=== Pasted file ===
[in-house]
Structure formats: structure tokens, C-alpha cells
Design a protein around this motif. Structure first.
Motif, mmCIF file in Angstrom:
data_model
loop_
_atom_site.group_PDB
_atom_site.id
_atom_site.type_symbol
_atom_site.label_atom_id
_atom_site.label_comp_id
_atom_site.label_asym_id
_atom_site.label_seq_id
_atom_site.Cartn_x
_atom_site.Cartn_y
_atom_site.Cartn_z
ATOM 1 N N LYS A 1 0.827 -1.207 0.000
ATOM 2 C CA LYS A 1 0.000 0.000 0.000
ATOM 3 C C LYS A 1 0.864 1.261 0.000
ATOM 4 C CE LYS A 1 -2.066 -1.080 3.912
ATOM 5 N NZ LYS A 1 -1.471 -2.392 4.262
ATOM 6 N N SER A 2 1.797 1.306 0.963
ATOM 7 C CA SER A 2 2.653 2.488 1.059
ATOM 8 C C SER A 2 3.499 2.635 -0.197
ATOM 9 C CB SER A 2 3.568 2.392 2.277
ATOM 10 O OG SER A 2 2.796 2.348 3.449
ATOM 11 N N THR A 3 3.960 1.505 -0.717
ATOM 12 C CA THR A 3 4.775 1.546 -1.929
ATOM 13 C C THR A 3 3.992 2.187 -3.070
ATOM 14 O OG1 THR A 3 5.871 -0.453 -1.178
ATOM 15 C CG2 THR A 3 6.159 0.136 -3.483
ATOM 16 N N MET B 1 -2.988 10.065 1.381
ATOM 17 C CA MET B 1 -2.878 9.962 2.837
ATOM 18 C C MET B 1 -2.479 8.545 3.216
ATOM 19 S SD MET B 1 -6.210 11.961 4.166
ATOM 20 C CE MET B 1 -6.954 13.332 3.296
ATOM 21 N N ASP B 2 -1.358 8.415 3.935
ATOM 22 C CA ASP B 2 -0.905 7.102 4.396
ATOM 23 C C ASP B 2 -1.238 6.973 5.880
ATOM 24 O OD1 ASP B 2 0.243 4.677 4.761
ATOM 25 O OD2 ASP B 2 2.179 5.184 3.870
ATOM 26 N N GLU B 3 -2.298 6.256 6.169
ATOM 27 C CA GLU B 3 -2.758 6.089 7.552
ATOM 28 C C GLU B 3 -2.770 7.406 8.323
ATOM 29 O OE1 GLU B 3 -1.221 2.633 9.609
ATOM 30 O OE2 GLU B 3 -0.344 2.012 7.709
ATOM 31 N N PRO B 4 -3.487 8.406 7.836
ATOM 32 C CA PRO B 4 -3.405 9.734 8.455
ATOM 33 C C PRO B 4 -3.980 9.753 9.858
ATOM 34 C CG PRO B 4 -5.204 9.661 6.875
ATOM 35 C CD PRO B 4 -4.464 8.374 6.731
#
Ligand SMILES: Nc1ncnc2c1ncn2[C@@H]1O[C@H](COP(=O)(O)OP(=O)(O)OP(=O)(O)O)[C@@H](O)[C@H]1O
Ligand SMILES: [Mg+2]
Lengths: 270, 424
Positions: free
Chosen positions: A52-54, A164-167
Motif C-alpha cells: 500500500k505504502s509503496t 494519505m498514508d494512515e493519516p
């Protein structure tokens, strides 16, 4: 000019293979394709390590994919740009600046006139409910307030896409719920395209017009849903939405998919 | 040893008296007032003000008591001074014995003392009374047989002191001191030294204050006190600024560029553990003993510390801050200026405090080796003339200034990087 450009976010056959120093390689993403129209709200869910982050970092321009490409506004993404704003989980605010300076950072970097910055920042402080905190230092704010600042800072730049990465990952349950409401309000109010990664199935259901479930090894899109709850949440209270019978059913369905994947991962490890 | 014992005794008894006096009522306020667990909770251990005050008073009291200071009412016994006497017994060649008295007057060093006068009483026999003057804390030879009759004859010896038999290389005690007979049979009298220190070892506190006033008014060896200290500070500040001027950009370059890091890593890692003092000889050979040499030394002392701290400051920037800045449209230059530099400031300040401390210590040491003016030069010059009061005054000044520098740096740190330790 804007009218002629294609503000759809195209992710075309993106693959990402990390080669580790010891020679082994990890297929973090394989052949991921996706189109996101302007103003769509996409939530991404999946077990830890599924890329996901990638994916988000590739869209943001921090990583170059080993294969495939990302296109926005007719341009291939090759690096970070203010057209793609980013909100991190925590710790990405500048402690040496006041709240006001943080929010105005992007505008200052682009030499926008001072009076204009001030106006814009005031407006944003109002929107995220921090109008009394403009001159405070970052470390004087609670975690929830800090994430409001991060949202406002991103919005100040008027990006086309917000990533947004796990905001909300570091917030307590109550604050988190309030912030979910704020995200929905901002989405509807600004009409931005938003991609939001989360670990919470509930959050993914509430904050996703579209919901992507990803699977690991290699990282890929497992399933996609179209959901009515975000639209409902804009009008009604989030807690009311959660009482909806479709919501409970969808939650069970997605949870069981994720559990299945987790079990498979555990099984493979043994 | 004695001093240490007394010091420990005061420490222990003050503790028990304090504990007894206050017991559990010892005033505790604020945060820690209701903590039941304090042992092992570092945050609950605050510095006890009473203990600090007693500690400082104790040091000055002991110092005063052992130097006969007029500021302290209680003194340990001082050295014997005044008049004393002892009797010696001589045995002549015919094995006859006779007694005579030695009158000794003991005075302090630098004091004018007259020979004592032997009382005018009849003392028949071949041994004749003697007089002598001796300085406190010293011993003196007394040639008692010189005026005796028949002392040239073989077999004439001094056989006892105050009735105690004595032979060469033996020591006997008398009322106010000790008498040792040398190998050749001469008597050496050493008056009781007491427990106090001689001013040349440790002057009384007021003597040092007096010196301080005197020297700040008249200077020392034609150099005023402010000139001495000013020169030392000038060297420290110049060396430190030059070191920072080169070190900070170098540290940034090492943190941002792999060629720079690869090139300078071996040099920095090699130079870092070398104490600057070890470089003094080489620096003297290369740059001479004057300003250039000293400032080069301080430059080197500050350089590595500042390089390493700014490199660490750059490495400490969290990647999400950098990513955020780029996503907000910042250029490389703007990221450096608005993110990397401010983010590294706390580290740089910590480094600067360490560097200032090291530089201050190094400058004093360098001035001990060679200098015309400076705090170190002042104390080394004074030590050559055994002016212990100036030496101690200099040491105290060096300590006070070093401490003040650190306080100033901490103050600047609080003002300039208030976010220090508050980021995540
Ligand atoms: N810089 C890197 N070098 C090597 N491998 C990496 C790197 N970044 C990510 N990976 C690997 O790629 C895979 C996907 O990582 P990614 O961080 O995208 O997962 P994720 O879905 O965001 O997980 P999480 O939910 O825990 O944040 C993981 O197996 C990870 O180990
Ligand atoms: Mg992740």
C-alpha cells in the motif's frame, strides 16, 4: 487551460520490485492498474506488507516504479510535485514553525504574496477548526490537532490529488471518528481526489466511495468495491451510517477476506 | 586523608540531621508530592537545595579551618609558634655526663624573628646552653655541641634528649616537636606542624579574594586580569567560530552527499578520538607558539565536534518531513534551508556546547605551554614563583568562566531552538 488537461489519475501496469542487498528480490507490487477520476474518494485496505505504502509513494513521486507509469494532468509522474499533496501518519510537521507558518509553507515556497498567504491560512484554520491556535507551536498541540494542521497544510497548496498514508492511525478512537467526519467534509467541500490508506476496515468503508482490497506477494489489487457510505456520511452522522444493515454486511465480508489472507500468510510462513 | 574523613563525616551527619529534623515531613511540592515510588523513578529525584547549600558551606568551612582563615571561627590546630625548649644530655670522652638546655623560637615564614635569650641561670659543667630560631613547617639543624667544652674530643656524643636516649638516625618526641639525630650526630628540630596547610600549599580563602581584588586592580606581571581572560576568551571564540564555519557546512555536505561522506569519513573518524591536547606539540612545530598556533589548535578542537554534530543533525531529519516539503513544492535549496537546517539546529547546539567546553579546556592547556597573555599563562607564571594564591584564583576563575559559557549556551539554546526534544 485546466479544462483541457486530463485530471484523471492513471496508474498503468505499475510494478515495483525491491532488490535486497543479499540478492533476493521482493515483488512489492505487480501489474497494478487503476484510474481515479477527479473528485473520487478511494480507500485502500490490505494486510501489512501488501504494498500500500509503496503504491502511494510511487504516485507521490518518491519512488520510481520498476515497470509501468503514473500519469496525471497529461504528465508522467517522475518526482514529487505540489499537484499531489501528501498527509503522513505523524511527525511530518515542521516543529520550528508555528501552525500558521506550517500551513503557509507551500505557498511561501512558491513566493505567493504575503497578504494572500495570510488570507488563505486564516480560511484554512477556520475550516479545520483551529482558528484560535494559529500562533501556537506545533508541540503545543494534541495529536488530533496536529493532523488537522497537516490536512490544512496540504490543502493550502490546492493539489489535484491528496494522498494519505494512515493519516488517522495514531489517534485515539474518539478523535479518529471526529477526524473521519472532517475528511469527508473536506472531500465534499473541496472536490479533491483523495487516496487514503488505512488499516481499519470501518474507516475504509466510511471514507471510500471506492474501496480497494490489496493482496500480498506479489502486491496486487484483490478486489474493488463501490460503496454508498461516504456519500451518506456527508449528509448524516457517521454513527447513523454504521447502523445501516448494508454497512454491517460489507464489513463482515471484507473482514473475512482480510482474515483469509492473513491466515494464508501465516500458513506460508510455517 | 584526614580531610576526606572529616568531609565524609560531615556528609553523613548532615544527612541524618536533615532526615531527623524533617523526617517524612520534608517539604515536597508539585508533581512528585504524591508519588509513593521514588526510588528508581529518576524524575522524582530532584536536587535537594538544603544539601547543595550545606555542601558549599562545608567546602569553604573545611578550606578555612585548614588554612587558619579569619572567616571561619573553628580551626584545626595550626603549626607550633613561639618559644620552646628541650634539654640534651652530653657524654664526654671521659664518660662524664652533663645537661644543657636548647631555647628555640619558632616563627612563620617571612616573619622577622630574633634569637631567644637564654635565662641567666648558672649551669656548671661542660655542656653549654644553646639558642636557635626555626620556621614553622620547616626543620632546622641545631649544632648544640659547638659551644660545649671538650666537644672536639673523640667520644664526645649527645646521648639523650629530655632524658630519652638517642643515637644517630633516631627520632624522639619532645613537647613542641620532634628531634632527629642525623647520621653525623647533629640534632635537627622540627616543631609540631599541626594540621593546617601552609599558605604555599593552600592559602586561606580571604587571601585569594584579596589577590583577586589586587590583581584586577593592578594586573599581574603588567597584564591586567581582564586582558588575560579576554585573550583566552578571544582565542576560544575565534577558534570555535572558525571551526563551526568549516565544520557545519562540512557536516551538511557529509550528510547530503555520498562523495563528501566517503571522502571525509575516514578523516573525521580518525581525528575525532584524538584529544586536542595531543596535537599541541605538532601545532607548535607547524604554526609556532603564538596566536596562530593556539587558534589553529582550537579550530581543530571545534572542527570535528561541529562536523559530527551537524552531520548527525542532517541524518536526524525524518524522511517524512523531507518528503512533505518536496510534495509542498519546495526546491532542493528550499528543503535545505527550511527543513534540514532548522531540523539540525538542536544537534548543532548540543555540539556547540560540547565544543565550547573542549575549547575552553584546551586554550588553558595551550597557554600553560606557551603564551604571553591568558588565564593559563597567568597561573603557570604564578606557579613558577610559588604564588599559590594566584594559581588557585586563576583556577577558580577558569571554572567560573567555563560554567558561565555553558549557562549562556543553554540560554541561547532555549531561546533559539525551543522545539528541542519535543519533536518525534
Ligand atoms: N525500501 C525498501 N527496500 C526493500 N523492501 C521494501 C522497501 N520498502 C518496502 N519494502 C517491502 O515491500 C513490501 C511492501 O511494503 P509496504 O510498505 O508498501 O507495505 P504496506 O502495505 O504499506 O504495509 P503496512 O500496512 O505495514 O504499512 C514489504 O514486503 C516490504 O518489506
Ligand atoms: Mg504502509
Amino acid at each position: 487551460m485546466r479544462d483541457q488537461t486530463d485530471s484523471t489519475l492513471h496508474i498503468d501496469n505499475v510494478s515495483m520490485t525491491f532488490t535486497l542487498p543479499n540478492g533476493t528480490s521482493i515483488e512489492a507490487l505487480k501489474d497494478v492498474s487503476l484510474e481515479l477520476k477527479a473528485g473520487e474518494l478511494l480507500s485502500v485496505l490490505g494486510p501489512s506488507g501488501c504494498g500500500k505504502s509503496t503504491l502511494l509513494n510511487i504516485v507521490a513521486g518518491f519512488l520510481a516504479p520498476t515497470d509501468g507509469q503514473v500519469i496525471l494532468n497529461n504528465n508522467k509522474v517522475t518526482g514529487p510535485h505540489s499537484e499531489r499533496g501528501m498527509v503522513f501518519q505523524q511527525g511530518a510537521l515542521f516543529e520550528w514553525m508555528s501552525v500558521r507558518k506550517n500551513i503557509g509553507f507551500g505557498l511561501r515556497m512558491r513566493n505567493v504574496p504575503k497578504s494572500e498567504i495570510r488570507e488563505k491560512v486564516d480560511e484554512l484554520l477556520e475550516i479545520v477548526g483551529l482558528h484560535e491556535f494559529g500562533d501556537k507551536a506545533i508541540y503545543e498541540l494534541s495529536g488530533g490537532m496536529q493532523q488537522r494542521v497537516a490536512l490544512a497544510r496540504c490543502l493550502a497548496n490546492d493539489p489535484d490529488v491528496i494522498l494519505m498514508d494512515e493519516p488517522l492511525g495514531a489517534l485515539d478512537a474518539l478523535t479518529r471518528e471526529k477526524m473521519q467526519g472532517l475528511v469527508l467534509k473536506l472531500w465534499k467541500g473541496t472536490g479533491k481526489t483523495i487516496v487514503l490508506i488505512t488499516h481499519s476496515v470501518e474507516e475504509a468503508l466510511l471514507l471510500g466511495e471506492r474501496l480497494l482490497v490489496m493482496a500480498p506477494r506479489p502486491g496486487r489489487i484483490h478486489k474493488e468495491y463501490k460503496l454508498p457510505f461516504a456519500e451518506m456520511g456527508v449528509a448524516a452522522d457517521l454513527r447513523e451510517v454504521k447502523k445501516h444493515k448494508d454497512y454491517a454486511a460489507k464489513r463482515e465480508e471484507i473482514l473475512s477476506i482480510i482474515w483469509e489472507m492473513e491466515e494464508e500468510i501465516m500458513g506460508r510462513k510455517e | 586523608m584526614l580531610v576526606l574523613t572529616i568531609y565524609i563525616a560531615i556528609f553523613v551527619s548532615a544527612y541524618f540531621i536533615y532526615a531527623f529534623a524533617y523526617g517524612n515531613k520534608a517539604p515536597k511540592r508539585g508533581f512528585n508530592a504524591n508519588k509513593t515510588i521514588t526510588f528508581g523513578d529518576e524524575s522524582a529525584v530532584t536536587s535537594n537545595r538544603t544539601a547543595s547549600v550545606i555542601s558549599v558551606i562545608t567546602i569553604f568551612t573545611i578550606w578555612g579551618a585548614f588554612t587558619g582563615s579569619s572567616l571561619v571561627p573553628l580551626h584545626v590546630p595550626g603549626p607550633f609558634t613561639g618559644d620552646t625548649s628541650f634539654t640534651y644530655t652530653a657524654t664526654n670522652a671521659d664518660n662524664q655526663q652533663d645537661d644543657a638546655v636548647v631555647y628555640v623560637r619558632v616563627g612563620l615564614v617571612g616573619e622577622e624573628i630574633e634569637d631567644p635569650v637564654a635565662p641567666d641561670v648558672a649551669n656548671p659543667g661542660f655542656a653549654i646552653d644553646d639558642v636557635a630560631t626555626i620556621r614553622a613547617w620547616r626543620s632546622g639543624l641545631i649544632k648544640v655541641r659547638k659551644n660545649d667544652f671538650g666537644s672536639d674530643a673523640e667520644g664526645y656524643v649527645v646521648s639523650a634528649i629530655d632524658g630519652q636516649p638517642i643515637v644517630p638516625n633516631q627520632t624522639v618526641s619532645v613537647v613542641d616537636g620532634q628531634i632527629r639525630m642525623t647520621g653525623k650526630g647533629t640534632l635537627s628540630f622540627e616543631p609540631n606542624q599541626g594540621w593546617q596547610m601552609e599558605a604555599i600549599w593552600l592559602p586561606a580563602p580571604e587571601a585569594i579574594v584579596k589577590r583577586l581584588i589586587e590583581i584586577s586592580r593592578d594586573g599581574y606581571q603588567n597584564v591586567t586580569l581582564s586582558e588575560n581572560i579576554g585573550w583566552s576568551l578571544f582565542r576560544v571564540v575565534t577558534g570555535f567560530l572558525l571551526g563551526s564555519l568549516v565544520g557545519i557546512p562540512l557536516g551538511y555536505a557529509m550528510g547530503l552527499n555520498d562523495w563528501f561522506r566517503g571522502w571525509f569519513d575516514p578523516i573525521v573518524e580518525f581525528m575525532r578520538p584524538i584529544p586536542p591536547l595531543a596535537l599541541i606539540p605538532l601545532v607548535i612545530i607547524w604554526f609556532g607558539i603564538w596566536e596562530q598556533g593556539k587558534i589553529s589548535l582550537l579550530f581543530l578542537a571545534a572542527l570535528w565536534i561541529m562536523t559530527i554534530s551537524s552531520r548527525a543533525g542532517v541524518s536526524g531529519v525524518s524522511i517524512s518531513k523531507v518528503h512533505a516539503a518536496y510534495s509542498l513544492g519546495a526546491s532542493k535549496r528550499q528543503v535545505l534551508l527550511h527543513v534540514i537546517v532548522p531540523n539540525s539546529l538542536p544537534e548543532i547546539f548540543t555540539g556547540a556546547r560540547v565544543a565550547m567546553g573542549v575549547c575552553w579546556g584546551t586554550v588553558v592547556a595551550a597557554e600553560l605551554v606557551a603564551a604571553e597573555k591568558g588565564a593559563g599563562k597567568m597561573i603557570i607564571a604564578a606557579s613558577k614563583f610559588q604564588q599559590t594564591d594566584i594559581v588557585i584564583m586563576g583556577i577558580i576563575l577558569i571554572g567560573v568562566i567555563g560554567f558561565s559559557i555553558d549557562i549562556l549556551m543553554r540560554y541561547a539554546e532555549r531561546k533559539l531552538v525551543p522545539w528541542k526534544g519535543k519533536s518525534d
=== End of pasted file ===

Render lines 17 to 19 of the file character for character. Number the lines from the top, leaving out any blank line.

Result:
ATOM 1 N N LYS A 1 0.827 -1.207 0.000
ATOM 2 C CA LYS A 1 0.000 0.000 0.000
ATOM 3 C C LYS A 1 0.864 1.261 0.000